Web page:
I remember the day that I walked into an elementary art classroom and saw that the students were hard a work learning how to sculpt and manipulate clay. But the teacher was not at the front of the classroom leading the students in the lesson, rather it was a video from YouTube. While the “virtual” teacher continued with the lesson, the “real” was free to make the rounds in her classroom and provide students with 1-on-1 individualized support and direction.
YouTube continues to grow at an amazing pace with videos on a wide variety of topics. Common Sense Education has put together a list of their Top YouTube Channels to Boost Classroom Lessons that teachers could use both in and outside of the classroom.
In addition to their list, here are a couple of channels that I’ve used to support my Digital Citizenship lessons:
Brooke Gibbs – Author/speaker and authority on bullying in the schoolyard and workplace.
Bystander Revolution – Simple acts of kindness, courage, and inclusion anyone can use to take the power out of bullying.
What could be better than having someone read a story to you? How about having that someone be an astronaut who reads a story to you FROM SPACE?! Enter Story Time From Space.
Story Time From Space is a project of the Global Space Education Foundation, and contains over a dozen different videos of astronauts aboard the International Space Station reading space-themed children’s books. Each video starts out with a quick introduction to a part of the International Space Station, such as the all important airlock door and the cupola “window observatory” module. Then, as the story begins the videos cut back and forth between the astronaut reader and the book illustrations with a little animation thrown in for fun.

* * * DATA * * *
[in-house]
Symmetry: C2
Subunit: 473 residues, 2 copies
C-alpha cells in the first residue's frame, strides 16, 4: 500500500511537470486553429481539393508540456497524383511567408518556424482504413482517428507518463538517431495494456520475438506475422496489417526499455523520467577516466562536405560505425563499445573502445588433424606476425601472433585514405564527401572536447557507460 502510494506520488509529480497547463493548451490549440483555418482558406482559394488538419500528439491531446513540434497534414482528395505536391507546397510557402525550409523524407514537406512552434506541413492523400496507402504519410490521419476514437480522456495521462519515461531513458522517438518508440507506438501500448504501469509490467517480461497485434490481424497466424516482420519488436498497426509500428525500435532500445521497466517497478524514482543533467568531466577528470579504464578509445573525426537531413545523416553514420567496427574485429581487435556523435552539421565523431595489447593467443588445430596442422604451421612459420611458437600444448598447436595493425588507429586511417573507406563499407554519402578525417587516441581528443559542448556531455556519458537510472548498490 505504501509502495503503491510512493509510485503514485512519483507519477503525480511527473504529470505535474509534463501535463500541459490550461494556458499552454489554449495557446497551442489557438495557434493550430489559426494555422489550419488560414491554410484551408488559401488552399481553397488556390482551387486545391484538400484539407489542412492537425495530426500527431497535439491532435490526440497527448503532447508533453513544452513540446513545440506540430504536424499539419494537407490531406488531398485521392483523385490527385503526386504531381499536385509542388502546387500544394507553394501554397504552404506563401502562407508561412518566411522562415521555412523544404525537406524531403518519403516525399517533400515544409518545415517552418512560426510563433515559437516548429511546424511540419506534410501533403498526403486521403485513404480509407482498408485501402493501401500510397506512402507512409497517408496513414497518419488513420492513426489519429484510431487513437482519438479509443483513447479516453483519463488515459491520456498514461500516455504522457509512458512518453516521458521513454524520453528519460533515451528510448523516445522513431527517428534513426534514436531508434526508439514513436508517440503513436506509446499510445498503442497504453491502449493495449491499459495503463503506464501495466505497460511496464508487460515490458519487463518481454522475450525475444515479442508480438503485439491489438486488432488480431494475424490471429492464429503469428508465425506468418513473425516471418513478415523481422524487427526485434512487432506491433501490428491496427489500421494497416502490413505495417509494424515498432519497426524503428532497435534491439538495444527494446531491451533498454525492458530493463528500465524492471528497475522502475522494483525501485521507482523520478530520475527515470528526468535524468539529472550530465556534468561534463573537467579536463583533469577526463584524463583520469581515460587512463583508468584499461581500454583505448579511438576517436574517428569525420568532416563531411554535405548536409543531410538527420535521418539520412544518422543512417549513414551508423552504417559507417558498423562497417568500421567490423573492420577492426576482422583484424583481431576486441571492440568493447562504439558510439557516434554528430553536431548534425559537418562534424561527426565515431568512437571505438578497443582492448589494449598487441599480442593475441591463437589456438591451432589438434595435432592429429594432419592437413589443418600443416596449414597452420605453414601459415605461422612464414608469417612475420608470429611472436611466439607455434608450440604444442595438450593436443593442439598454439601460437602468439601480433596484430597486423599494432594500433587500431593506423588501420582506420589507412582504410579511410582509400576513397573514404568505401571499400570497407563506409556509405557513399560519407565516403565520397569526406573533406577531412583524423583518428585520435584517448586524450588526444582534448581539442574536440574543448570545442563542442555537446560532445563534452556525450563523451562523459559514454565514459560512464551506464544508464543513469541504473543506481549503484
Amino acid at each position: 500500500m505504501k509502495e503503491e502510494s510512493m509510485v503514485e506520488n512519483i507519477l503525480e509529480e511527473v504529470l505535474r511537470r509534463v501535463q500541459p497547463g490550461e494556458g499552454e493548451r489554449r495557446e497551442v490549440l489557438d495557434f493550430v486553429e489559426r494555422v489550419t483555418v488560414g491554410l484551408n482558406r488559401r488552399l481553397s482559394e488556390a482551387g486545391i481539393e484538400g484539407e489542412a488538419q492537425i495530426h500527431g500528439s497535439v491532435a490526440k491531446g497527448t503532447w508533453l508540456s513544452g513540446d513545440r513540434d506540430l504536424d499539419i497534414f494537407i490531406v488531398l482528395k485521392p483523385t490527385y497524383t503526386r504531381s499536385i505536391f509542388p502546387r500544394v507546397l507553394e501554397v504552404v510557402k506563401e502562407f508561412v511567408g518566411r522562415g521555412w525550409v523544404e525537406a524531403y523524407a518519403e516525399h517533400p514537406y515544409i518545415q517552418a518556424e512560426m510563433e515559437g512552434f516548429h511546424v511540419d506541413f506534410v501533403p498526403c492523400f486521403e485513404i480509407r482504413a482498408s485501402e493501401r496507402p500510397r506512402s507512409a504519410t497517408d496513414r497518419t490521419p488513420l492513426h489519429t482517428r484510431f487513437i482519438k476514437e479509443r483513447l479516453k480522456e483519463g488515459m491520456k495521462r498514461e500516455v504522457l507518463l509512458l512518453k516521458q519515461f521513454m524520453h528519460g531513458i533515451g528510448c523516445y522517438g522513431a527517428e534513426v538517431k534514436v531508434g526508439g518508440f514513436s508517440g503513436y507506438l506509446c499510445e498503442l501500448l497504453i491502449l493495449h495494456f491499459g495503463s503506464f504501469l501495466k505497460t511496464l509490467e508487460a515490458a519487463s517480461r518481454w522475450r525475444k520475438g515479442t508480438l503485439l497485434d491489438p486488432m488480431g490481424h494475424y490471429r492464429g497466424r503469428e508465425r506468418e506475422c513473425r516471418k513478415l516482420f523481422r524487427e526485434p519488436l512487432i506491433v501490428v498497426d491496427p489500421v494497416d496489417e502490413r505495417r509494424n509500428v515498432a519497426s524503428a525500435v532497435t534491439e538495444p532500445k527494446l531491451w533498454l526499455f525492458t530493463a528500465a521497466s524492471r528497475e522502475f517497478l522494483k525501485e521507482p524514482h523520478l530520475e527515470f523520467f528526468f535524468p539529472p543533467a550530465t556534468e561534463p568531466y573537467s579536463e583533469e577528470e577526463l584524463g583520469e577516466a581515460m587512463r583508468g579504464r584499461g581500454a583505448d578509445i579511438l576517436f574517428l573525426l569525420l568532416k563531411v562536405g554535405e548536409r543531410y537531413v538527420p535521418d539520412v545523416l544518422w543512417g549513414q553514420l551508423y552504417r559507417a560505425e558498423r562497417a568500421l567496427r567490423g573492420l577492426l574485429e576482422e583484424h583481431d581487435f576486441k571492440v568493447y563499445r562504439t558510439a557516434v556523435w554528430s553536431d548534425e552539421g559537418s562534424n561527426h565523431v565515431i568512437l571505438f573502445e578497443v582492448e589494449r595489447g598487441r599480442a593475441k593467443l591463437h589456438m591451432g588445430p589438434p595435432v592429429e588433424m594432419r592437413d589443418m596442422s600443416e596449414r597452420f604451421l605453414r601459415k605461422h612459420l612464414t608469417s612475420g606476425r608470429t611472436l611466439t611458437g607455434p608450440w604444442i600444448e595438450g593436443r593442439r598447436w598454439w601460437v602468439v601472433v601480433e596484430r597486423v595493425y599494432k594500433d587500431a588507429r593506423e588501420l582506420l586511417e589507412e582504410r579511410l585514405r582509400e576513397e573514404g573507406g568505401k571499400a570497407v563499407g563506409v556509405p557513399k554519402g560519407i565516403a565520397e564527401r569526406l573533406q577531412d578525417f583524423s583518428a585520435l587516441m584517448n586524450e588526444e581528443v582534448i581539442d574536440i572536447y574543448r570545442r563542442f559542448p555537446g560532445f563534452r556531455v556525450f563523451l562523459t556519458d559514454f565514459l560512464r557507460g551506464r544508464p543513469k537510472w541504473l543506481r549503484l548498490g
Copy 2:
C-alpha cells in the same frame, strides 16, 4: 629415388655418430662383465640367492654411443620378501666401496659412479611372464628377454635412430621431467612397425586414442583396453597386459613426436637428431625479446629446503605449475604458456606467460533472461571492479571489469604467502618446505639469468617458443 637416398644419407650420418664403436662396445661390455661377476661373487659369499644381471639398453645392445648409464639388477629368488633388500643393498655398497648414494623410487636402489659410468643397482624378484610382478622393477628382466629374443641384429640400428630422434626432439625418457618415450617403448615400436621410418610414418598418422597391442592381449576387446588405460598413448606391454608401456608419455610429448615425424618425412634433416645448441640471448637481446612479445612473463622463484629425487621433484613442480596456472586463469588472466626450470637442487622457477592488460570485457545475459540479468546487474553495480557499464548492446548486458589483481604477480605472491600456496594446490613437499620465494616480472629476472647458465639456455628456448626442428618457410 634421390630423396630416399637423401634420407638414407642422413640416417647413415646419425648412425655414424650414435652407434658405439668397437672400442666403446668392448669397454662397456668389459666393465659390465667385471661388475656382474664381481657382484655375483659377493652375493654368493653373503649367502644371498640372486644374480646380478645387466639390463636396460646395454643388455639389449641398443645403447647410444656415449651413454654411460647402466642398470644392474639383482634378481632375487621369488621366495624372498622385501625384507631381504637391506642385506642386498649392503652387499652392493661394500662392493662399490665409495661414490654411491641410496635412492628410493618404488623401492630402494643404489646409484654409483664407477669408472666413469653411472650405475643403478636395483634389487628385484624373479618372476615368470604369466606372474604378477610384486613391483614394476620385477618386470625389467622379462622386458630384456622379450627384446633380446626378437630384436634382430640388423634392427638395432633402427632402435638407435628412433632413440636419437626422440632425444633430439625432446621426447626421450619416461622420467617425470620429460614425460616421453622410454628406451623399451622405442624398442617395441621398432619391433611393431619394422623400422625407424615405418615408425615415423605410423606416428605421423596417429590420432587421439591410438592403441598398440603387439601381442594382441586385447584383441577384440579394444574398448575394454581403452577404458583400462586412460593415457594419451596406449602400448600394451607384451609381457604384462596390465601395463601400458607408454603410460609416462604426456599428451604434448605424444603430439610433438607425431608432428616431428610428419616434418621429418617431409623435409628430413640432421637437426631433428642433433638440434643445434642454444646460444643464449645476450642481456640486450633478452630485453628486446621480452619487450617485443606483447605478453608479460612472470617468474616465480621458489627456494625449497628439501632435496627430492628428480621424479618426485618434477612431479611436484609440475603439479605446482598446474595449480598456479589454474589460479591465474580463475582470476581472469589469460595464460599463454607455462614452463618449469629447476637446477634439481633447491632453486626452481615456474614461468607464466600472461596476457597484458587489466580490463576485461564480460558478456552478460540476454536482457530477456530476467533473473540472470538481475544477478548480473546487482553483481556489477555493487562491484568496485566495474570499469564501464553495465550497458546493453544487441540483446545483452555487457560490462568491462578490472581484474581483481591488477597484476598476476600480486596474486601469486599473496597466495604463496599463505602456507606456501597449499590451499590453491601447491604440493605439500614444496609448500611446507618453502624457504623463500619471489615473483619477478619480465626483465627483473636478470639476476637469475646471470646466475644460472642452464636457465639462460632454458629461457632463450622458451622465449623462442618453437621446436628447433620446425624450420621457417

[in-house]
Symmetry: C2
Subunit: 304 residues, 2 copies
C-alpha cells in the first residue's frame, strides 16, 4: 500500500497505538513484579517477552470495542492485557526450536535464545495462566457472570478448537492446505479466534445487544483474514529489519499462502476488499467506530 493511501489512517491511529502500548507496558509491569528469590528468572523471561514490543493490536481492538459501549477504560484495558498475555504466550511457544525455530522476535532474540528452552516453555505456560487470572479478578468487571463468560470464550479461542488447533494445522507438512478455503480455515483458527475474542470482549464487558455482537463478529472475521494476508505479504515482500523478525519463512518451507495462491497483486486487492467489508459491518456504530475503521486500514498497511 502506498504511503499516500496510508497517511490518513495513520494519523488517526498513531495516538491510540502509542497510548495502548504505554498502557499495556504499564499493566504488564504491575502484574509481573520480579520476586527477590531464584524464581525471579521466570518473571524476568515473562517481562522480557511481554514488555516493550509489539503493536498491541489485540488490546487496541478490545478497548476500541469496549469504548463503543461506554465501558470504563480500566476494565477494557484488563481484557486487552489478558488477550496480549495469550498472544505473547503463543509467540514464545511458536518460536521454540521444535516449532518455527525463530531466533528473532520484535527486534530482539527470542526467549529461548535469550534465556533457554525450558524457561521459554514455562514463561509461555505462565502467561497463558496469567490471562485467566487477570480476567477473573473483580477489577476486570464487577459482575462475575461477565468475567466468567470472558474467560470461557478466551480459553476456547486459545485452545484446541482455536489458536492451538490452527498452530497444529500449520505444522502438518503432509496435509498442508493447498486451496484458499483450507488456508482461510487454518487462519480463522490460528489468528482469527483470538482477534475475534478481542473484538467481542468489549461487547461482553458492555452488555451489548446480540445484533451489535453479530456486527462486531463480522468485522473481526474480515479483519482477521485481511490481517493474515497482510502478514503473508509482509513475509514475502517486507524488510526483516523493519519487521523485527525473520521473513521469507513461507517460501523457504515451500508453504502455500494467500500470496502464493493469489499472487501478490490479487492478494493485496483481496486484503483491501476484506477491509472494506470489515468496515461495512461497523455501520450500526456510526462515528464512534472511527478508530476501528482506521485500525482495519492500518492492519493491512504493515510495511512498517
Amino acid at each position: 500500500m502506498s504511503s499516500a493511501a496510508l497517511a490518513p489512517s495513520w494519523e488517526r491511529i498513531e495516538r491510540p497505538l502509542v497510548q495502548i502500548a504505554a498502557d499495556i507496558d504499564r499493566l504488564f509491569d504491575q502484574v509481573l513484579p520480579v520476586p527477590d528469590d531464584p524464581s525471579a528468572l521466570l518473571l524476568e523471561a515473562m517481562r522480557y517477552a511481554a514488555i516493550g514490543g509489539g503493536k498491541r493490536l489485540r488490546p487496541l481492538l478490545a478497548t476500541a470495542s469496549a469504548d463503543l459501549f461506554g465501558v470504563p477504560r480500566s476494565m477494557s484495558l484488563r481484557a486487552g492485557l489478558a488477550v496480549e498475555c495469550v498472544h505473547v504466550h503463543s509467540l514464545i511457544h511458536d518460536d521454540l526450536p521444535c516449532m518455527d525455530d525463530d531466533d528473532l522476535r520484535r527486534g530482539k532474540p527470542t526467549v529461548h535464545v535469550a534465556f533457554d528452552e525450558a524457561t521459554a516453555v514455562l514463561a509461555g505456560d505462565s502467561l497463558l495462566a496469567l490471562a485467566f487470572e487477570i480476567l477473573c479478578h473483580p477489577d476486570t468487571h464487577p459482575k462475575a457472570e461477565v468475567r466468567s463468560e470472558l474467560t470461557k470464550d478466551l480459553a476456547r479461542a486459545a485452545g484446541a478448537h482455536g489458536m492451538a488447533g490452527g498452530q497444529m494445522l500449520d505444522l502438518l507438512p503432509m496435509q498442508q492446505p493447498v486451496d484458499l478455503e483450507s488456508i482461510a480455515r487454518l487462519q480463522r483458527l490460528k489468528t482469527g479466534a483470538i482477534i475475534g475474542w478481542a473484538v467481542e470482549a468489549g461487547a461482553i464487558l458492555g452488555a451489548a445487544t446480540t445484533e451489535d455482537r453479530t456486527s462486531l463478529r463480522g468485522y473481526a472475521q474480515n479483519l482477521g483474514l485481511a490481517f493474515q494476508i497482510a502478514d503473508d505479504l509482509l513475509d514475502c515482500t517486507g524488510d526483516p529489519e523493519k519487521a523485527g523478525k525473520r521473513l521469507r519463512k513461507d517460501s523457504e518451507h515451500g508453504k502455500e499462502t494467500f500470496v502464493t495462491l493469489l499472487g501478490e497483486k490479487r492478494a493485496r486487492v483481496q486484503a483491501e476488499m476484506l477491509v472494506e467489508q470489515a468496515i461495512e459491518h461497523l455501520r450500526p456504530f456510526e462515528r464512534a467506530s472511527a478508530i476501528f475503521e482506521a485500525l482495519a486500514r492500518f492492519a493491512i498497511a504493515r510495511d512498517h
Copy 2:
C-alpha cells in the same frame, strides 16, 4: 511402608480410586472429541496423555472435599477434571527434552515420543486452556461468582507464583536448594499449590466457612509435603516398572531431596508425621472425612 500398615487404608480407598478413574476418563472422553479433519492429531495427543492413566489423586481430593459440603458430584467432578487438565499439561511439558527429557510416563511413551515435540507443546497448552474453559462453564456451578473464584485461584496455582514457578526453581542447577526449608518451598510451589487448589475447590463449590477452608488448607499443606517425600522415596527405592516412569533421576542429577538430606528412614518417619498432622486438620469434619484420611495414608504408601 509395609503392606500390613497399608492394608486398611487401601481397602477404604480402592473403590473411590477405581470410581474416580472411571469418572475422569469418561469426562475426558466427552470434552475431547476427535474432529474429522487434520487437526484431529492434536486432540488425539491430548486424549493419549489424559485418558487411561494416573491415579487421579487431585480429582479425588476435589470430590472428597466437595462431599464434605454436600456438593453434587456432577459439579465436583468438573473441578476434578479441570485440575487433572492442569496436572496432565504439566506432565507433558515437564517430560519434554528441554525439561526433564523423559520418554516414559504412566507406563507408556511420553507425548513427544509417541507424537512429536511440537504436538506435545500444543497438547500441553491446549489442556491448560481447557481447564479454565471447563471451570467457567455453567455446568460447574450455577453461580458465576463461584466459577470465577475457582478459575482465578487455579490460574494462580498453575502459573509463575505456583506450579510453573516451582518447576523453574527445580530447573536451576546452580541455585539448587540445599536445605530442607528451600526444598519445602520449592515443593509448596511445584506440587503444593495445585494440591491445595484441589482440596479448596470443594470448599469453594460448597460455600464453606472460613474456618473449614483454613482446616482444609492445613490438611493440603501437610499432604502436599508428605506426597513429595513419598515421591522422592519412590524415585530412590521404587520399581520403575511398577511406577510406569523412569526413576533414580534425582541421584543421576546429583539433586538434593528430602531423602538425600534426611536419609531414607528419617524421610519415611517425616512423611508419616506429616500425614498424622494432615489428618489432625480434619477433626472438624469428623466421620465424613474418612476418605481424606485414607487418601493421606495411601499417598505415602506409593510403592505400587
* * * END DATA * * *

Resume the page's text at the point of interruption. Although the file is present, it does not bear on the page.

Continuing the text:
Each video comes with the following information:
Scrolling down the page will provide you with a written synopsis of the story. There is also room for multiple Activity Guides that are “coming soon!” Finally, almost all of the Story Time videos include links to purchase the books from a variety of vendors.
In addition, the foundation is in the process of putting together a playlist of “Science Time Videos.” These will introduce basic scientific concepts that are connected to some of the science experiments that the astronauts have conducted about the International Space Station, so stay tuned!
Social media is an ever-present part of our lives, and even more so for our students and children. As a result, teachers and parents need to take the time to investigate strategies on how to balance the consumption of social media with the other aspects of our lives. Common Sense Media as put together 5 Simple Steps to help you, your students, and your children achieve this balance.
Follow this link to access the full article from the Common Sense Media website.
If you’d like to learn more, then use this link to access additional videos relating to this topic including Common Sense Media’s #DeviceFreeDinner series.
YouTube is a powerful and ever-growing source for videos about teaching, learning, and growing up in our ever-changing world. But, because there is so much out there it can be difficult to find videos of good quality and that are appropriate for the classroom. Luckily, there are fellow educators out there who have been hard at work curating such lists to share with the rest of us.
In a recent post on the Know Your Why! blog, Steve Wick shares his top six YouTube Channels designed with teaching and learning in mind including Edutopia, Google for Education, and others. And for you history enthusiasts out there, take a moment to watch the first video ever uploaded to YouTube (it’s 19 seconds long, so I think you can fit it in).
However, Steve Wick is only one person and to truly create a worthwhile list of resources requires the help of others. That’s why he has created a community Padlet board for other educators to contribute YouTube channels that they have found beneficial to teaching and learning. The Padlet board is organized into 15 categories ranging from science and math to empathy and physical education. There’s even a category called “Anything Goes” for those channels that don’t quite fit one particular mold. If you have discovered a YouTube channel that is share-worthy then please consider adding it to the list.